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Fabricating hair combs


#1

I am wanting to try making a series of hair combs, and am wondering
if anyone has any advice as far as this goes. What metal should I
make the tines out of? How long should the tings be? I assume that
they should be curved slightly, since that seems to be how all of the
ones I’ve looked at are. Any advice would be appreciated - thanks!

Jen
http://www.jmwjewelry.com


#2

Look at some inexpensive ones from some place like wal mart
accessories-they are usually plastic-you can experiment with
different gauges of silver (or brass to save materials). The tines
could also be tubes finished at the ends or flat sheet. Your hair
combs can be attatched to tines of wood or bone. Check ancient
designs to see what works in hair. The length and shape are
determined by how much hair you are trying to control.

Good luck!


#3

I have seen commercially produced hair combs with tines made out of
wire. You can find them at places like CVS, Target etc. I would look
at how they are constructed to get some ideas.

Vicki Embrey


#4

Hi Jen,

There is a reason hair combs are made from shell or plastic. It is
light weight and does not tear the hair. The slight curve of natural
shell allows for the comb to fit the curve of the scalp.

The metal hair combs I have seen that have been successful from both
a wear-ability and sale-ability are from brass or gold wire where
the tines are a closed elongated loop. The round wire keeps the hair
from being torn by sharp metal edges and is lighter in weight.

Piercing light weight metals like aluminum or stainless steel will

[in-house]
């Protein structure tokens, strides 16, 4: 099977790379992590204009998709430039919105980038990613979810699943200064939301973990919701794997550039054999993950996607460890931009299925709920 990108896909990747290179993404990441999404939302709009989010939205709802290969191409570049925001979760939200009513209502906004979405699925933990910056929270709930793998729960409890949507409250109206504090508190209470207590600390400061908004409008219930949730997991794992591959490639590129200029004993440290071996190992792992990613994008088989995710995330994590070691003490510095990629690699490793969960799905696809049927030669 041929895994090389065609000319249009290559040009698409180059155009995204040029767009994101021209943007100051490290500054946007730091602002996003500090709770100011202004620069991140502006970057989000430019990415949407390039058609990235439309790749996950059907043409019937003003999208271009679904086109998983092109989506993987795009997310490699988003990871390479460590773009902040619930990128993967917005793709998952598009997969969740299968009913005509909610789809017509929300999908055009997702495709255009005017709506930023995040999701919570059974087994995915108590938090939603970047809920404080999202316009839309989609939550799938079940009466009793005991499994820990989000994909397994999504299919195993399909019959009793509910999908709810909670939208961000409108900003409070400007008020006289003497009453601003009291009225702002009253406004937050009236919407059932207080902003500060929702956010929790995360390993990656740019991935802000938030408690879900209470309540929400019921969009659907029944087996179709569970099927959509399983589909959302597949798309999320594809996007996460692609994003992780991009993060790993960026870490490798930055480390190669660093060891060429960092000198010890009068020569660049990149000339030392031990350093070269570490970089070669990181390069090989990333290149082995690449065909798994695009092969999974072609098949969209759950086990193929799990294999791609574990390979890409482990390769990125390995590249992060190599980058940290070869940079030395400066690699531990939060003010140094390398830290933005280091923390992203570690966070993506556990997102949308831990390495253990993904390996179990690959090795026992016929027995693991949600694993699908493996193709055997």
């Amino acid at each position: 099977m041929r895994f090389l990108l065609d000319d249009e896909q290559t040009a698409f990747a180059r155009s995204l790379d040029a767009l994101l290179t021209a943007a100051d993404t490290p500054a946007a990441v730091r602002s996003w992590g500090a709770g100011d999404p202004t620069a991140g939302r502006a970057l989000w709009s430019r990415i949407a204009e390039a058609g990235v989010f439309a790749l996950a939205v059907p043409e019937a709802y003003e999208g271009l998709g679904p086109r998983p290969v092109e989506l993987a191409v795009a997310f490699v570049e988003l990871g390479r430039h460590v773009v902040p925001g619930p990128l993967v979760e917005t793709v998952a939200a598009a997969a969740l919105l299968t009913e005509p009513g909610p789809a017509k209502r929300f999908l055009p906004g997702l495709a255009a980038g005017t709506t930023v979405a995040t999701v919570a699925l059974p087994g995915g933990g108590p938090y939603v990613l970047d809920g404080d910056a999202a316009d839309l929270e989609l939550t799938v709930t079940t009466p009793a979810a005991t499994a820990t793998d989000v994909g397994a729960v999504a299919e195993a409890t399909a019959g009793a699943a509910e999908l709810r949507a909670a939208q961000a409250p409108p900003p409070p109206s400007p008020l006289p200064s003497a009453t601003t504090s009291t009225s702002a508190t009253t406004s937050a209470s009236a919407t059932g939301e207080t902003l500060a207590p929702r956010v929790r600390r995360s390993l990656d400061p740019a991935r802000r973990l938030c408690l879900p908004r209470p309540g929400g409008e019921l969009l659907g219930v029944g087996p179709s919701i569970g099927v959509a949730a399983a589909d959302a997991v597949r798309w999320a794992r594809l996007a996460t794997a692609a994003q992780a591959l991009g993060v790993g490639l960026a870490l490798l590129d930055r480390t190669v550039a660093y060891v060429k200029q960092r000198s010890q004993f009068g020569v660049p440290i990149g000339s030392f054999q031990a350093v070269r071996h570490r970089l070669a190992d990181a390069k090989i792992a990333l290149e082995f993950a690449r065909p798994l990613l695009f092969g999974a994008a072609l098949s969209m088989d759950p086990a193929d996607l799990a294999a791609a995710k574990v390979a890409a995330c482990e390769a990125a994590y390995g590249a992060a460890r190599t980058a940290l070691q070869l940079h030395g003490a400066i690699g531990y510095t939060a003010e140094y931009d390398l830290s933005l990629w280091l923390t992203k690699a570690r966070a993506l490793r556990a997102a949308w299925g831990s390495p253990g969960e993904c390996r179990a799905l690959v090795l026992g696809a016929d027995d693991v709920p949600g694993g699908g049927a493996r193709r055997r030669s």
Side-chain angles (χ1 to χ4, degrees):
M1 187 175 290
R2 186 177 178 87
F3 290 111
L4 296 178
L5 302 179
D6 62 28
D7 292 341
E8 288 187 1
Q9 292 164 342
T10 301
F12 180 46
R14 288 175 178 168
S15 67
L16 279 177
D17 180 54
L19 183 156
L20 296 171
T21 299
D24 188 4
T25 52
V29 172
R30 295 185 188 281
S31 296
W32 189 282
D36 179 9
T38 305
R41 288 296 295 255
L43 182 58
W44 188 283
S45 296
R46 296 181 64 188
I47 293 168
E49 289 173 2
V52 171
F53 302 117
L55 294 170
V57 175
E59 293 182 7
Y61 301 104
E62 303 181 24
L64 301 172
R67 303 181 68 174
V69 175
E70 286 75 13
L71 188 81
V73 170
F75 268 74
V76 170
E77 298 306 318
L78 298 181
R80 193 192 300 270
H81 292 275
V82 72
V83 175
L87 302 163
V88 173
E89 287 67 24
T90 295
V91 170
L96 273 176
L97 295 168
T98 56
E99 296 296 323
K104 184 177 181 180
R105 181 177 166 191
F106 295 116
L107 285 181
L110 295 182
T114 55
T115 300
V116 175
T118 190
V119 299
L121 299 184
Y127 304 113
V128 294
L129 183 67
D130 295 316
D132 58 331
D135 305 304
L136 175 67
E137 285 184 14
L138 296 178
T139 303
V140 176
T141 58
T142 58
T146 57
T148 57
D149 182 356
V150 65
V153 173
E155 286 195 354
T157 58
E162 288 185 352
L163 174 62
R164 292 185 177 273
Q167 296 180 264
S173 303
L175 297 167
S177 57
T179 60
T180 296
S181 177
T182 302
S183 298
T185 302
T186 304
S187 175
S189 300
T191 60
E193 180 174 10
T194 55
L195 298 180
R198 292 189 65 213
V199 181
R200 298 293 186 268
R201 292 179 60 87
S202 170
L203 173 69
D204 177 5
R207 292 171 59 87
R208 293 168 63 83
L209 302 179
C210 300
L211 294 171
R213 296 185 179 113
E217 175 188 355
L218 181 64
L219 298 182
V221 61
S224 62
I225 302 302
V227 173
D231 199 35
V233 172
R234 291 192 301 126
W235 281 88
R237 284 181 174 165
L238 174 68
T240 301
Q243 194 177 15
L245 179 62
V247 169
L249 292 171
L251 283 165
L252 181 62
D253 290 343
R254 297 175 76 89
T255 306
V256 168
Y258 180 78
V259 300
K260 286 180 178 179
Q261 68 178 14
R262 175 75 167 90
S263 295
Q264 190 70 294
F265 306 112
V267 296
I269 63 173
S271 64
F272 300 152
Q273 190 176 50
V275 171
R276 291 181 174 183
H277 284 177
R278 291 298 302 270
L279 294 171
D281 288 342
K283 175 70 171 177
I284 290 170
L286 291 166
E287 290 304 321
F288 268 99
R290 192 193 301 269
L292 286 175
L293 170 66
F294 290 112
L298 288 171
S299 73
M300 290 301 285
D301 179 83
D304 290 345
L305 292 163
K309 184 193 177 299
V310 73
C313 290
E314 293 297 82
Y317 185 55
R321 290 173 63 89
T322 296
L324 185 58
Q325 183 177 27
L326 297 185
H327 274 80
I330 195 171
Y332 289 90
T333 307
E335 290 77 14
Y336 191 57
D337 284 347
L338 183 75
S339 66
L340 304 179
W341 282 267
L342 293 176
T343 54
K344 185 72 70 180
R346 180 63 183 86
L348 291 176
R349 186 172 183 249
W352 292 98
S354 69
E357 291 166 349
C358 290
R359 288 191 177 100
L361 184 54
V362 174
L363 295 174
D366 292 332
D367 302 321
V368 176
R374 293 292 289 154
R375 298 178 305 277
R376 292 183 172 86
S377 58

leave sharp edges to the tines and may not provide enough rigidity
for the comb.

Best regards,
Nanz Aalund
www.nanzaalund.com


#5

Hi Jen! I’m so pleased to find your posting; I love hair adornment
and actually did my senior thesis on the adornment of hair (the
history, cultural differences, what length/ thickness/ hair-type/
material works best, etc.). I have since been carving my own hair
pieces, having crafted aprox. 40 one-of-a-kind pieces. Since they are
one-of-a-kind, and usually made with precious metals, hardwoods, and
semi-precious stones, they are not cheap in price, at least in
comparison to today’s typical cheap Right-Aid/ Wal-Mart selections.
They do not sell often, despite all the ooohs and ahhhs, because
most people can not wrap their minds around investing more than $20
or so into something for their hair, that they may lose.
Understandable, but I keep making them…

So what I have found is that the thicker the tines, th= e better the
hold in the hair if the hair is fine and not too thick. Thicker hair
requires thinner tines… I make my combs with 4-5" tines, depending
on the piece. I also use hardwoods (mahogany mostly), as I find= that
they are rigid enough but also have a bit of give, are attractive,
and= much lighter than silver. I would not make the tines out of
tubing, as the strength of the tine would be greatly compromised I
feel. I should say, though, that while I strive to make beautiful,
elegant combs and sticks, practicality and function are very
important to me, so I’m not really making delicate, dainty pieces…
I’m happy to answer any questions, and excited that there are other
jewelers interested in adorning the hair… check out my web-site for
a few images of my pieces… nisajewelry.com…and I love your
ammonite fossil bracelet on your web-site!

Good luck, Nisa